The legal profession is grounded in tradition and often ridiculed for failing to keep up with the ever-changing landscape of our society and, in particular, technology. However, our profession is rife with change since the impact of COVID-19. 

These changes have been formalised with the new Land Title Regulation 2022 (the Regulation) which mandates the electronic lodgement (eConveyancing) of certain property transaction documents. If you have bought or sold property in the past few years, you’re likely familiar with PEXA, an eConveyancing platform that delivers a single, nationwide e-Conveyancing solution to the Australian property industry. 

This is backed by the release of the Property Law Bill 2022 which provides for electronic conveyancing in addition to electronic execution of property law documents and implementation of modern language to align with contemporary property practice.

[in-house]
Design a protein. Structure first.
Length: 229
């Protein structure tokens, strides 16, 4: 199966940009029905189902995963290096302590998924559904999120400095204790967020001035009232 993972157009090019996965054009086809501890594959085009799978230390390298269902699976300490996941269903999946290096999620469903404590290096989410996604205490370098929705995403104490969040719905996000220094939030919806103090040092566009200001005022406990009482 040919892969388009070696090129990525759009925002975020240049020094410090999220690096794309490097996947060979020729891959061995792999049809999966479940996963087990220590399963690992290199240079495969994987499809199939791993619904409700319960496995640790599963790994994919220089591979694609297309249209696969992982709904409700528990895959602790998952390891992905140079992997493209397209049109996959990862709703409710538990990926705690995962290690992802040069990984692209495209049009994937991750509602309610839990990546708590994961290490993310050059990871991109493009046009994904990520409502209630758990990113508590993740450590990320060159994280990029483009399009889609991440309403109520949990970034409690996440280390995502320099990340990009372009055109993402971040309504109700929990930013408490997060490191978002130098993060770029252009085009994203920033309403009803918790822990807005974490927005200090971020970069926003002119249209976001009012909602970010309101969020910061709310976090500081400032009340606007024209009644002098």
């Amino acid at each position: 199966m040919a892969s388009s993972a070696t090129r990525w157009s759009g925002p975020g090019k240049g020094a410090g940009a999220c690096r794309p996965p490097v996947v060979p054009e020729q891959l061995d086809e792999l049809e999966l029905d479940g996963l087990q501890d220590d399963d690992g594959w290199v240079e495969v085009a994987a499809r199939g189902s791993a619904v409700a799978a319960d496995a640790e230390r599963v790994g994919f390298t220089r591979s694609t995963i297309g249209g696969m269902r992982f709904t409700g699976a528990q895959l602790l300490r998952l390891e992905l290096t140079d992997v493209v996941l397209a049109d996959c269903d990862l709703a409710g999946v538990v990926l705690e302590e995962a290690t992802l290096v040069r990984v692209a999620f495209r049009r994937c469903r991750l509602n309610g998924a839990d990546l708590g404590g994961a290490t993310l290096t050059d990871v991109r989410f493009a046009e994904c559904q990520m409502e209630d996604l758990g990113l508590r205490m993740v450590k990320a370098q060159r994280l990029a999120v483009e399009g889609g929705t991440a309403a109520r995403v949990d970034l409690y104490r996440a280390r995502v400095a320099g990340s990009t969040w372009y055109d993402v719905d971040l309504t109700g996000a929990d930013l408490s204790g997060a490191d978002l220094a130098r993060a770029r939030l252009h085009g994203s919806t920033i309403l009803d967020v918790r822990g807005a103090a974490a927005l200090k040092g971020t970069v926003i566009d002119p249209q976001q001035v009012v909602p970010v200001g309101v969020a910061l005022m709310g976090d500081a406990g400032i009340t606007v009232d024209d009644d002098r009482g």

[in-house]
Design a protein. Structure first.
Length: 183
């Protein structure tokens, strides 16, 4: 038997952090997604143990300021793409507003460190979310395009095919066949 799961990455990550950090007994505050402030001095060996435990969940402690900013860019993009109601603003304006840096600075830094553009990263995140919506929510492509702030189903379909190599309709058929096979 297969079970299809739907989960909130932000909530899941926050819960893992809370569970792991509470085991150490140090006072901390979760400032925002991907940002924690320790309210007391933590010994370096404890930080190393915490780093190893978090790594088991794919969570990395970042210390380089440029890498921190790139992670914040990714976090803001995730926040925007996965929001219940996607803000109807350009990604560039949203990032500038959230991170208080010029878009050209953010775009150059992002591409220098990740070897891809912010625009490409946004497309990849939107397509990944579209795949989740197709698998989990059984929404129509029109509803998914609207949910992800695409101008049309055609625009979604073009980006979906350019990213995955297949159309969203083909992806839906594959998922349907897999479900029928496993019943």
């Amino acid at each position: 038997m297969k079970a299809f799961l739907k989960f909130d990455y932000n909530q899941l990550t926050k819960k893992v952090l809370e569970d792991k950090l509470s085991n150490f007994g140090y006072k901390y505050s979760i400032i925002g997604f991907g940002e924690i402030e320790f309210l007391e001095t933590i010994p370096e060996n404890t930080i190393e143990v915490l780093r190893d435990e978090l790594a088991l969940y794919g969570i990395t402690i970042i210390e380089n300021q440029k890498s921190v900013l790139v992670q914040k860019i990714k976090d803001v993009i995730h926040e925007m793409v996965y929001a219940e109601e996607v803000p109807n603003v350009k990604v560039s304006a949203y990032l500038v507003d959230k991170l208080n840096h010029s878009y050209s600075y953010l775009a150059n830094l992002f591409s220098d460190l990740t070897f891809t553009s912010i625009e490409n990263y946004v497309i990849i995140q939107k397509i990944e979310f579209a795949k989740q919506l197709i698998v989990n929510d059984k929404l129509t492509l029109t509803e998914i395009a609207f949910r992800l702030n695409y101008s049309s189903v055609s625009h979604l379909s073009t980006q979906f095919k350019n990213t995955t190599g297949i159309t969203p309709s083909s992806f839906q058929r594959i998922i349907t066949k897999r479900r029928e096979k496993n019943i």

Another exciting change is the likely implementation of a new Seller’s Disclosure Scheme, so buyers are better informed about properties before they sign a contract. 

The Draft Disclosure Document does provide copies of searches and documents usually paid for and conducted by the buyer post contract but pre-settlement, such as rates notices, water services notices, main roads notices, title search and survey plan. This does not currently include flood information; however, this is under review and may yet be included.

This will negate numerous issues property lawyers have during the life of a contract, but we would love to see the inclusion of Building Compliance Searches to disclose if the structures on the property have been approved by Council when constructed.

We have also seen changes in Residential Tenancies from October 1, 2022, which provide for increased protection for tenants in ending leases, changes to make it easier for tenants to keep pets, and increased repair and maintenance obligations for landlords as part of working towards minimum housing standards by September 1, 2023.

These innovations are a welcome change to the property law environment. Our firm look forward to assisting our clients to navigate these changes.


Kelly Dwyer is a partner at Charlton’s Lawyers, Bundaberg’s longest-service law firm.